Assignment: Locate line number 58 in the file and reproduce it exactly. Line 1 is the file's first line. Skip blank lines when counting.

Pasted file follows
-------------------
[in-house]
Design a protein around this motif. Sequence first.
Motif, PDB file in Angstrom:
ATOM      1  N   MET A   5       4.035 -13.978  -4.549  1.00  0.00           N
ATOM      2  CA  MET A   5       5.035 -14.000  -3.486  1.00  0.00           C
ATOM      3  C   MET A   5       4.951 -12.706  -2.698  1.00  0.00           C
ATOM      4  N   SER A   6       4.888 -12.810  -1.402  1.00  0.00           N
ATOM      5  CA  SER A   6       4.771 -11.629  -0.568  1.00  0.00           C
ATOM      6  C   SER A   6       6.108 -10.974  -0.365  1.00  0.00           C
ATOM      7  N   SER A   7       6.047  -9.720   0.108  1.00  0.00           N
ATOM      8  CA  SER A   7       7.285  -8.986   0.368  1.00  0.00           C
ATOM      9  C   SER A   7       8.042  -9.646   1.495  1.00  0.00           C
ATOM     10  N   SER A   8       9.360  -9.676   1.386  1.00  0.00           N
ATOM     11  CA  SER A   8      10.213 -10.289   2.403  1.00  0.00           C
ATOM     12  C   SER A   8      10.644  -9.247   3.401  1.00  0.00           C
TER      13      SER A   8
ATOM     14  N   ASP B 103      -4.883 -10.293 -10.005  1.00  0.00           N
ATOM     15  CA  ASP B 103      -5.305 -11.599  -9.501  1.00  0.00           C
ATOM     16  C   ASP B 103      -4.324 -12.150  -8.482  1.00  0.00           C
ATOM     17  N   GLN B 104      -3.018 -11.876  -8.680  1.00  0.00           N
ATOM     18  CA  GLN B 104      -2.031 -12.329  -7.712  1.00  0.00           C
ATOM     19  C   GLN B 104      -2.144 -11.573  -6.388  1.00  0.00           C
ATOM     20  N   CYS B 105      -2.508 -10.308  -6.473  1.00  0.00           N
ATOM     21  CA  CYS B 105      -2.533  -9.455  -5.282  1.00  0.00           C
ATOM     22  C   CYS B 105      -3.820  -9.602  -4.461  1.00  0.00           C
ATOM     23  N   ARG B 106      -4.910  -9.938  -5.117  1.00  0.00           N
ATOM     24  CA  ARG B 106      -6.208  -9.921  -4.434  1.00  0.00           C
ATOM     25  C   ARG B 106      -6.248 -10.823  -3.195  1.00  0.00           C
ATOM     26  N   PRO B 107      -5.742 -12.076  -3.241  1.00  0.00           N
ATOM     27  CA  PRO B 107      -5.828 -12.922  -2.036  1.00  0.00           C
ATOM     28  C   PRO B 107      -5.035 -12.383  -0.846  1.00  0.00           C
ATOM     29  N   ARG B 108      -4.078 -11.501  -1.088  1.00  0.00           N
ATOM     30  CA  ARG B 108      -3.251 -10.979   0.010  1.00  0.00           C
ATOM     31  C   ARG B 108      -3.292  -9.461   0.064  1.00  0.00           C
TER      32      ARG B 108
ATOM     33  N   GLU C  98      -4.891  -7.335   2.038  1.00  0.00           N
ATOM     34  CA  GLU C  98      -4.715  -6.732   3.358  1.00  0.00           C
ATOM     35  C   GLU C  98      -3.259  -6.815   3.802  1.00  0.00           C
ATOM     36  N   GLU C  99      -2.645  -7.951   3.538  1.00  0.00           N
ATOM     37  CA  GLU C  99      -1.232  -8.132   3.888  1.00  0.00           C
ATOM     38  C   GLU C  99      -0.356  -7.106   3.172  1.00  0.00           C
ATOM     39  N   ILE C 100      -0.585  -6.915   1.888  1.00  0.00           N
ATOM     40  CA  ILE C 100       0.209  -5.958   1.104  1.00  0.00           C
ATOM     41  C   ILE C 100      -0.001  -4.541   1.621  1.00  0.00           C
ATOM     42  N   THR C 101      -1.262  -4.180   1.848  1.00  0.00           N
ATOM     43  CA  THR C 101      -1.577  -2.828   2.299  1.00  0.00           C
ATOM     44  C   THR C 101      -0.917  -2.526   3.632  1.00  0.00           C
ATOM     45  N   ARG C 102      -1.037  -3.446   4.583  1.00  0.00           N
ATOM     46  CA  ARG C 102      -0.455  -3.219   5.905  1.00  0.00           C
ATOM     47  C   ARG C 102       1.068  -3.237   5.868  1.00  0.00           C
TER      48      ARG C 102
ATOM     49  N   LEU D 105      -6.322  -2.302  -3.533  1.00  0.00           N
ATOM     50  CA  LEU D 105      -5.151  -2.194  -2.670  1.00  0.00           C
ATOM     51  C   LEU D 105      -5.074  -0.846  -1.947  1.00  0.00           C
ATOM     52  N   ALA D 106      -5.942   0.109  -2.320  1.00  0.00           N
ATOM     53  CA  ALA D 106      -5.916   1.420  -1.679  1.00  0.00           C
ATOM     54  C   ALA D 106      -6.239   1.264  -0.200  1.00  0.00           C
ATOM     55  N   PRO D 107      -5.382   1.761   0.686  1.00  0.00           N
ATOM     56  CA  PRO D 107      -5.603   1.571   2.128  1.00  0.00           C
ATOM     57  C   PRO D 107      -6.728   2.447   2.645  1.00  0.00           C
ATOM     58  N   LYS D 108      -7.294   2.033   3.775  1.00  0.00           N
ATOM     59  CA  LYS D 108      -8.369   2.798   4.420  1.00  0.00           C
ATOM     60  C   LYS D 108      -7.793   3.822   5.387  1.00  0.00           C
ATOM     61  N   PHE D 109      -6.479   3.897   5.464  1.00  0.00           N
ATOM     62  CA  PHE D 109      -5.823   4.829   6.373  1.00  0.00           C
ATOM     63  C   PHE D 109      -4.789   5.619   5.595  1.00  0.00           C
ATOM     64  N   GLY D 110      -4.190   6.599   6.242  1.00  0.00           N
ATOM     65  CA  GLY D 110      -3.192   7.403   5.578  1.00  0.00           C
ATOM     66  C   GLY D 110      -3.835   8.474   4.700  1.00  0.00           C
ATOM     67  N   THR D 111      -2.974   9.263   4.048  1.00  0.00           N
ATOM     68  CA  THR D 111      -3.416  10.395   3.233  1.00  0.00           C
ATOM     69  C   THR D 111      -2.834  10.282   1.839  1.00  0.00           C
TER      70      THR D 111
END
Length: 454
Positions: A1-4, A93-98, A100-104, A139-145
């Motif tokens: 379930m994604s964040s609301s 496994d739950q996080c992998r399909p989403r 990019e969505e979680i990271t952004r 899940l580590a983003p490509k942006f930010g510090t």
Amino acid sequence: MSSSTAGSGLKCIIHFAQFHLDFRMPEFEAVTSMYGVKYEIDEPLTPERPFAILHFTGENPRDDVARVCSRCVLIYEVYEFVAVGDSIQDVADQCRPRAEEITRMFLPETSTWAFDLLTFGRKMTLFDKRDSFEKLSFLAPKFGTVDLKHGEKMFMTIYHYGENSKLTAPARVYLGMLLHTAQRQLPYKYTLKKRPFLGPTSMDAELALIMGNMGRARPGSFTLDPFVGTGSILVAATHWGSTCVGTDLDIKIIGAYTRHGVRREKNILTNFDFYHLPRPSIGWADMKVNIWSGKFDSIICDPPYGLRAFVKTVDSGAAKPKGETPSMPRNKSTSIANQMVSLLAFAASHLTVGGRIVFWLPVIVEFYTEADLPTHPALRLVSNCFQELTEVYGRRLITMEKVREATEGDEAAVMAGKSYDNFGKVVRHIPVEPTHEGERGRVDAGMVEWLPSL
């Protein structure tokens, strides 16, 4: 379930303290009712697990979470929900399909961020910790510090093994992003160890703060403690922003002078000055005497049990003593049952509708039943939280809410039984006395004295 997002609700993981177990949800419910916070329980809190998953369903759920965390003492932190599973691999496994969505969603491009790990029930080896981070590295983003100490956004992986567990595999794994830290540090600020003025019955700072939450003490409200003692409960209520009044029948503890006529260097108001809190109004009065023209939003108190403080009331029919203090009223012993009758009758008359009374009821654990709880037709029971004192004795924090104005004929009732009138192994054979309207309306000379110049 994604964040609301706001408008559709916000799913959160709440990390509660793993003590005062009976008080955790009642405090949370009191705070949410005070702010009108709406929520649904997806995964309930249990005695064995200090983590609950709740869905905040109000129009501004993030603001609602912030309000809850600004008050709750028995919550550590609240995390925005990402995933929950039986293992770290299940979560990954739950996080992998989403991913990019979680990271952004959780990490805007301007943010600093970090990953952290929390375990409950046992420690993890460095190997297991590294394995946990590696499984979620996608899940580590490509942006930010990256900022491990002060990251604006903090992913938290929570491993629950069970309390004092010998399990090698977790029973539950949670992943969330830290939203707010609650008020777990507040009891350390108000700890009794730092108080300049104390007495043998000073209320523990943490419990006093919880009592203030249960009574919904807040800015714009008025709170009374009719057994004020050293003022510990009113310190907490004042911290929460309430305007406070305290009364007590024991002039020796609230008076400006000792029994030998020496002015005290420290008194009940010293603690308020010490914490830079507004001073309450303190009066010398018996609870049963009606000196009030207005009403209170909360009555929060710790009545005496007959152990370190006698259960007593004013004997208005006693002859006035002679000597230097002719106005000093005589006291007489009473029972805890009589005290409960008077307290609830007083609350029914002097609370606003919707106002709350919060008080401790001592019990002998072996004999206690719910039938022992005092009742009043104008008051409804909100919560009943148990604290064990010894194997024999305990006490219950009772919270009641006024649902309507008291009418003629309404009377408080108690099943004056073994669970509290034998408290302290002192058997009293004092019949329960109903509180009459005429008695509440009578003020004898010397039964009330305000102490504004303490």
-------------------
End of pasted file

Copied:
ATOM     55  N   PRO D 107      -5.382   1.761   0.686  1.00  0.00           N